I have always loved going to museums because I feel like they capture moments in time that allow us to get a peak into how things once were. I especially love learning more about Canadian history through visual and interactive opportunities any chance I can get. I had never heard of the Canadian Warplane Heritage Museum until recently, and once I found out about it, we couldn’t wait to go. Located right next to Hamilton International Airport, it’s not a far drive for us, only about 35 minutes, which makes it a great day trip.
We had the opportunity to tour through this magnificent warplane museum that features more than 40 aircraft, from vintage WWII aircraft to modern jets that have been flown by Canadian military and civilians. The Canadian Warplane Heritage Museum aims to maintain and restore aircrafts which are displayed in their natural elements to help educate the public about the aircraft once used, and currently used.
A collection of over forty aircraft has grown through the friendship of Dennis Bradley and Alan Ness. Their love of aviation and their desire to maintain and preserve Canada’s aviation history saw restoration projects that were not only great pieces of workmanship but airworthy examples.
We were in awe when we approached the museum because it’s a fully functional hangar that features a CF-104 Starfighter directly outside near the entrance of the building. Upon entering, we were instantly blown away by the carefully crafted displays that featured models planes, medals, life size displays, artifacts, and lots of educational material to read throughout. A theatre room allows you to watch war movies to see some of the planes in action. Once we made our way through those displays, we entered into the warplane showroom. Wow. I wasn’t expecting SO many planes! All in immaculate and cared for condition, proudly on display, and some of them allowed for the public to tour through with a guide.
We had the opportunity to tour through the Douglas c-47 Dakota. This plane was active in WWII and the museum has acquired it from Environment Canada to restore it back to its original condition, which will be painted in camo colours. The guide was so informative and it was really neat for the kids to step inside the plane and see the workings of it.
The plane that blew us away was the Avro Lancaster MK X – a bomber plane. It’s huge! Very impressive and they allow tours through it for a fee of $5. It’s pretty amazing to think that this was an active aircraft that carried bombs at one point in time.
The crowd lingered around this plane much longer than many of the other planes. The kids were in awe. It’s a very intimidating piece of aircraft and definitely shines a little brighter than the rest in the museum!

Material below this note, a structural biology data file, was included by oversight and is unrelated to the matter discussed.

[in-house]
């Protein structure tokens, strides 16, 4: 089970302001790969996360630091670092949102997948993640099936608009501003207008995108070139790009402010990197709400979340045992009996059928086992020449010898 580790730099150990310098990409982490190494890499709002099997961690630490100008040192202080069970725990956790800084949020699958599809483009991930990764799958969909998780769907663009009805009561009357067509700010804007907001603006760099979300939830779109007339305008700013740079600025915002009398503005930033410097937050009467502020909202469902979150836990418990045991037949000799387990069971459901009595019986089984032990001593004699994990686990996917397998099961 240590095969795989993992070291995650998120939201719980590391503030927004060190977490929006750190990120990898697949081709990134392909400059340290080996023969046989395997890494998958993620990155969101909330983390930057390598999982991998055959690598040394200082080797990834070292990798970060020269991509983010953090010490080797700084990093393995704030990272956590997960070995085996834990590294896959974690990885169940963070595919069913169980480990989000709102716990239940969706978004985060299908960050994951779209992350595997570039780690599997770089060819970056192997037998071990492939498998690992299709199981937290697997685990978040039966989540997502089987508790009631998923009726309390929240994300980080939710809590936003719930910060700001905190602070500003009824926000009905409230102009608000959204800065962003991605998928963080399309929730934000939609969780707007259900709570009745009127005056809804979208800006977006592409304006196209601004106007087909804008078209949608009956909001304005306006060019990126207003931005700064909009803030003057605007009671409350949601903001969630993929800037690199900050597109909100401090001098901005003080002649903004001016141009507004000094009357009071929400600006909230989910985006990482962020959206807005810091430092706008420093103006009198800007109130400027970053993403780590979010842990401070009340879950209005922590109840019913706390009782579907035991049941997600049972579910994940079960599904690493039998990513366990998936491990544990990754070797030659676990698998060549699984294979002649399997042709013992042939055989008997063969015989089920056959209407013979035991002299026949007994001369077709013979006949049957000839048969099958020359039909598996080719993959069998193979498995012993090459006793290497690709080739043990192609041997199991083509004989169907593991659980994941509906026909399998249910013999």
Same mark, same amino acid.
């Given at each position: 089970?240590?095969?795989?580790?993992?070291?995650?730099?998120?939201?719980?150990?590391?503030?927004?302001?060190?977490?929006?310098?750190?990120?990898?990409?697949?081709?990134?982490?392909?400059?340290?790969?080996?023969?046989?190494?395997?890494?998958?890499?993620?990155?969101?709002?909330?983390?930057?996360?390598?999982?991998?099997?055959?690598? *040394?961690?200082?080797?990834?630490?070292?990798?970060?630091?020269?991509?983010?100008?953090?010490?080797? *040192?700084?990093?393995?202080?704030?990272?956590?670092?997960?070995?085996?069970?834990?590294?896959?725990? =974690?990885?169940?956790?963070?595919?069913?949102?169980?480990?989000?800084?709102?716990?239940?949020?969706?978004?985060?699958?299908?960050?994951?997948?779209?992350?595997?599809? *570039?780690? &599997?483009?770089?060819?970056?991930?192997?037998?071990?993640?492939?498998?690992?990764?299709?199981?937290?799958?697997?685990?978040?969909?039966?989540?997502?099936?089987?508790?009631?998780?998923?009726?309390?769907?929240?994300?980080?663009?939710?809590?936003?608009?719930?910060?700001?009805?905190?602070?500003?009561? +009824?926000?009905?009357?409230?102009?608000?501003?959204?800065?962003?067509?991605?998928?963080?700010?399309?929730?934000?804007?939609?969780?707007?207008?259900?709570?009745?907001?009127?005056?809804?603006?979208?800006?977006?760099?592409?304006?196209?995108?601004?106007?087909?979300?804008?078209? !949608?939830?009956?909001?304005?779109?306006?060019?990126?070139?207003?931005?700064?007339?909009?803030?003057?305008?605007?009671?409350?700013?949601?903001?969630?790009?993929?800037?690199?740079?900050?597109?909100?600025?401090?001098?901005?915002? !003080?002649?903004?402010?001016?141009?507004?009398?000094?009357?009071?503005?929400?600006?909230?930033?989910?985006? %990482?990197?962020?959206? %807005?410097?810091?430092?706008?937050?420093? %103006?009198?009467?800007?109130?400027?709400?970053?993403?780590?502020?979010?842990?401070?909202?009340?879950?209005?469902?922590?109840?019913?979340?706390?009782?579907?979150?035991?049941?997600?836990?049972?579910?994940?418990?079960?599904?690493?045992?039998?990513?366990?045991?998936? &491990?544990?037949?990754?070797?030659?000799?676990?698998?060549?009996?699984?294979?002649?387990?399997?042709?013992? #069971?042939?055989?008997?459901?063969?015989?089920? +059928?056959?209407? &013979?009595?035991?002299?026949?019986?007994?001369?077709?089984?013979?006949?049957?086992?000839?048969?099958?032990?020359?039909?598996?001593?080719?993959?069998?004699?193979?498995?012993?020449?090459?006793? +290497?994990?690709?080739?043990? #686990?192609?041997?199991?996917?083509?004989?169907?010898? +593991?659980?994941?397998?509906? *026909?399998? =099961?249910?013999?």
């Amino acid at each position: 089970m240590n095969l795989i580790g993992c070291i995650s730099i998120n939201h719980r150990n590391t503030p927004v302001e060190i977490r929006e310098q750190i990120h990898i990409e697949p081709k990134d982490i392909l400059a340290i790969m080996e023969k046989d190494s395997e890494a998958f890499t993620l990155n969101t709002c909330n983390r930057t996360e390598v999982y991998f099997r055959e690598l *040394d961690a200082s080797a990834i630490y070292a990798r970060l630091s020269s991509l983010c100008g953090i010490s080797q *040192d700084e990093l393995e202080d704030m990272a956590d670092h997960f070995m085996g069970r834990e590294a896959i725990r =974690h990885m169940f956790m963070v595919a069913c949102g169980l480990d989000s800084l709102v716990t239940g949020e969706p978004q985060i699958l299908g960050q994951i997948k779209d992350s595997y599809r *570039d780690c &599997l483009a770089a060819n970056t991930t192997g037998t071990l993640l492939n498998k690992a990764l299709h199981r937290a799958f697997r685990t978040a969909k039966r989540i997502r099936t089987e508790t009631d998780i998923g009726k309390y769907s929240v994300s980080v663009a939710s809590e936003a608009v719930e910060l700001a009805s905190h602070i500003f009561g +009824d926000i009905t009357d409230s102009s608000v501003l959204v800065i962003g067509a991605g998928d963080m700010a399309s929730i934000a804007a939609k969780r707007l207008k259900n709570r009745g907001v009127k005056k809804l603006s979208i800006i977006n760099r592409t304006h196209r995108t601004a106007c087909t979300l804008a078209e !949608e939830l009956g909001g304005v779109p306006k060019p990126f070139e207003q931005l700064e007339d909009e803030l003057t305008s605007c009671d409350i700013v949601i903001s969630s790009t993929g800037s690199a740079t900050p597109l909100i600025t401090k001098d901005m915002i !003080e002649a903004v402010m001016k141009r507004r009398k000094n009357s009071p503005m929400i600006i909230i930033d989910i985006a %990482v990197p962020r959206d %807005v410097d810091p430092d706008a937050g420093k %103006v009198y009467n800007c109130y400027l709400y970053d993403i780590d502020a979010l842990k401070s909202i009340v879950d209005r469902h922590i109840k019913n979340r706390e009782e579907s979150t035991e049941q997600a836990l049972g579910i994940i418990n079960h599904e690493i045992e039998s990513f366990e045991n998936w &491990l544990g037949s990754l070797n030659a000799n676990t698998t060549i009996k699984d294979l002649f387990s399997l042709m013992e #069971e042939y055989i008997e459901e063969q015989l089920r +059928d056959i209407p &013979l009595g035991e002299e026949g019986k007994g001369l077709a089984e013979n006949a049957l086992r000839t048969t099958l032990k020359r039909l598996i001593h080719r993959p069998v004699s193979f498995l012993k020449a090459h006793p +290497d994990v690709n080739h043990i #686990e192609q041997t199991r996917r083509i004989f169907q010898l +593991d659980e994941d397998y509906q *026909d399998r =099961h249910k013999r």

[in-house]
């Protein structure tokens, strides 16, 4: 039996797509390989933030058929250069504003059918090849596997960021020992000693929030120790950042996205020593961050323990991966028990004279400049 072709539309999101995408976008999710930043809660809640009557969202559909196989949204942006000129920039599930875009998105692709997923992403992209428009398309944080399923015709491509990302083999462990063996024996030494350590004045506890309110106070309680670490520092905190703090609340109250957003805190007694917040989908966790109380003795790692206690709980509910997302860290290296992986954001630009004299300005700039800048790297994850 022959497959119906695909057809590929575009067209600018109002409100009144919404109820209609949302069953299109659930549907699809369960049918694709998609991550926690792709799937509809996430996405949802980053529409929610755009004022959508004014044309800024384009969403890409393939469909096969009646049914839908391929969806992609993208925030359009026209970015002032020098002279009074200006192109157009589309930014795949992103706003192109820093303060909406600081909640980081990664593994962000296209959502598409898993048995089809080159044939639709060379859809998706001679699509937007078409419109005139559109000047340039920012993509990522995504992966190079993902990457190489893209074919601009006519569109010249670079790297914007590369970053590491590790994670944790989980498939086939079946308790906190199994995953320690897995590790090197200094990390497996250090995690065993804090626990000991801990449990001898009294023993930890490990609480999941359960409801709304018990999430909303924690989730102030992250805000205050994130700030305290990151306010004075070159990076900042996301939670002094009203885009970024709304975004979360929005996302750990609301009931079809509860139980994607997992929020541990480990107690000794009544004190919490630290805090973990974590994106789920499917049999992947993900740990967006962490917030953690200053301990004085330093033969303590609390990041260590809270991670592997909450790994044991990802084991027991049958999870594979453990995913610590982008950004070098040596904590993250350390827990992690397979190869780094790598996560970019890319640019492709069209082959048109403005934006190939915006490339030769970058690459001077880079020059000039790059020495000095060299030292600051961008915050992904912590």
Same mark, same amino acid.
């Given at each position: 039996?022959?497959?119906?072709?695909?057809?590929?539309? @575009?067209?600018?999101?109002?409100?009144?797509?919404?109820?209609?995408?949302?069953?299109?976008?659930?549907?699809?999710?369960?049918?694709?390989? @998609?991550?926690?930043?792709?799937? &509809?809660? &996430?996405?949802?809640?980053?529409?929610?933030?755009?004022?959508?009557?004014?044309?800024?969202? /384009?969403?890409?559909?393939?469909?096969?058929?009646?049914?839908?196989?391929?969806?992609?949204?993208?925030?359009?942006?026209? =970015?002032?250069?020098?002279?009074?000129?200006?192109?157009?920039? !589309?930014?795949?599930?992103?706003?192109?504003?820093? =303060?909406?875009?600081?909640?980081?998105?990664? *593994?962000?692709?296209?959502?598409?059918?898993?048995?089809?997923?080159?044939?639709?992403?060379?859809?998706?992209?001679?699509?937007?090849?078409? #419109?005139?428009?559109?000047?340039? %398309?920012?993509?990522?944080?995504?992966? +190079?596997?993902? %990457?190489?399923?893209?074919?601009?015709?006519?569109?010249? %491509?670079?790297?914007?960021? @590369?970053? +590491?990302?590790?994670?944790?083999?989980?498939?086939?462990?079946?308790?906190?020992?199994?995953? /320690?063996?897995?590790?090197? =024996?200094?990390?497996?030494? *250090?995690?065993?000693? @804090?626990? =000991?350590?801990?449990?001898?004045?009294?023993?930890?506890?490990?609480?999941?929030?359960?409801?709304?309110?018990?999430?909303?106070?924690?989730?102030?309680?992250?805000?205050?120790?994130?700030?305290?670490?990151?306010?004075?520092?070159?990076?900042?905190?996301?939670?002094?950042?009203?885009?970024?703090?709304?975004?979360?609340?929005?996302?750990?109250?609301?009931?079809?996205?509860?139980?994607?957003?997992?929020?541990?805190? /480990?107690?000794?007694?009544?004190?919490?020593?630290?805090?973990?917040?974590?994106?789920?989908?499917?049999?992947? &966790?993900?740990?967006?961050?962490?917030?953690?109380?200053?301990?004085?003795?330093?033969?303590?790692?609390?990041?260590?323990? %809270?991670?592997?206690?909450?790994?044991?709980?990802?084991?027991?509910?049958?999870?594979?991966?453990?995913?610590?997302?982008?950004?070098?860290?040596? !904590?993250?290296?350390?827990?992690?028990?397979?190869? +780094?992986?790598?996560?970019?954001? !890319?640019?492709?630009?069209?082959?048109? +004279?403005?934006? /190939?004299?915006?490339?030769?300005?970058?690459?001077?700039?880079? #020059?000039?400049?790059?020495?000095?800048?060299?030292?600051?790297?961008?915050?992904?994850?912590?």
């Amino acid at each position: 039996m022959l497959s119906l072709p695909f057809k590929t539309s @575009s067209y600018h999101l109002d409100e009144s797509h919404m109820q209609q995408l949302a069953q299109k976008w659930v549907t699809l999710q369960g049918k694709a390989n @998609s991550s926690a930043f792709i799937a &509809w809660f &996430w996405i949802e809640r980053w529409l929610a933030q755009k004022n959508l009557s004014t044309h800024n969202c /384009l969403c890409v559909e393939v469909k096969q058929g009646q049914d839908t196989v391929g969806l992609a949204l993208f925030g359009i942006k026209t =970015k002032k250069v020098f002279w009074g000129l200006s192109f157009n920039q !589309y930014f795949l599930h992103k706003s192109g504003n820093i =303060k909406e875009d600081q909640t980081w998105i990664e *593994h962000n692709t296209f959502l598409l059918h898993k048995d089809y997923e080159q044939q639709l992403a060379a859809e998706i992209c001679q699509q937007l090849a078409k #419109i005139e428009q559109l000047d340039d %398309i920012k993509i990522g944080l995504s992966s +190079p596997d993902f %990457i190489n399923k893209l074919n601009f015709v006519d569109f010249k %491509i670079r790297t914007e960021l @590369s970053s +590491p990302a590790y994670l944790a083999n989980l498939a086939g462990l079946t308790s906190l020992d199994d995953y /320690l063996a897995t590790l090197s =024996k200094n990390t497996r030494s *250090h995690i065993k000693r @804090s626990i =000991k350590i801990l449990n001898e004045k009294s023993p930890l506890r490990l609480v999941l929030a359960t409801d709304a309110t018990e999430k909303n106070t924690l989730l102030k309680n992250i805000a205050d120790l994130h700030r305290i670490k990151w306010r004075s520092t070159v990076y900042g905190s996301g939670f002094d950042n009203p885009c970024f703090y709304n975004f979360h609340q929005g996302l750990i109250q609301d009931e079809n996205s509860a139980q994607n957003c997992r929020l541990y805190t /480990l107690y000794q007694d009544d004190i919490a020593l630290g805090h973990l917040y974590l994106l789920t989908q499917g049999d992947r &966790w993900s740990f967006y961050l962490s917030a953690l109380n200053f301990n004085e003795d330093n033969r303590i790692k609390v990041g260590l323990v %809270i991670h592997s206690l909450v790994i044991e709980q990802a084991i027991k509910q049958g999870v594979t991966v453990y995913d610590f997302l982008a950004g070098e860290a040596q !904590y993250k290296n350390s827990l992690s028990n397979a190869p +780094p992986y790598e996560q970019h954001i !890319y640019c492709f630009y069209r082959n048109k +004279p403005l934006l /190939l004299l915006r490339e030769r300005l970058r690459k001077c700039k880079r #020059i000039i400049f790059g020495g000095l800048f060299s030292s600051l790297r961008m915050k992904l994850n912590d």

I liked how the museum casually had donation boxes set up near many of the displays that were in restoration, so it gives people the opportunity to donate if they wanted to help bring many of the beautiful aircraft back to life.
We really enjoyed the various displays throughout and the attention to detail as it would be found when originally used. There were so many different aircrafts to admire, including these just to name a few:
- Avro Anson
- Fairey Firefly
- de Havilland Tiger Moth
- Fleet Finch
- Grumman Avenger
- Hawker Hurricane
- And MANY, many more!
You can also take a flight of stairs that lead you to a lookout on the roof where you can view the planes that are outside from up high. It was so neat. We also enjoyed the displays near the top of one of these stairs where the “Brick Bomber” was displaying a lot of his collectibles and they shared a cute story about the Brick Bomber being the only person to take down a Japanese plane because he threw bricks out of a plane to lighten the load, and wound up hitting one of these Japanese planes in the process! Such an amazing story, and amazing to see the actual Brick Bomber there with his amazing collection.
Vintage Aircraft Flights
If you’re feeling adventurous, you can actually fly in one of the aircrafts – the rare Fairey Firefly, Westland Lysander, or the Avro Lancaster. Would make for a great gift for someone you know who would love the experience!
They have fun things that the kids enjoyed, like the simulator area where you can use computers to feel like you’re operating a plane, as well as a mock pit to see all the fascinating buttons and dials that are used.
The cafe is a quaint section located in a different area from the aviation displays and is perfect for grabbing a bite to eat. We enjoyed fries, hamburgers, chicken fingers and sandwiches, as well as drinks. It had a wall of windows that showcased a car show being held at the time in behind the museum which was great to stroll through after we were done eating.
At the end of the tour, you exit through the gift shop which is full of aircraft collectibles and items that any aircraft lover would love to have. We actually spent quite a bit of time looking through the gift shop at all the neat items! Some of the stuff was truly unique and there’s die-cast model planes that I would love to get someday for my son to have for his room. You can conveniently purchase from their gift shop online as well!
Disclosure: I partnered with Canadian Warplane Heritage Museum for purpose of review. However, all views and opinions expressed are genuine and my own.
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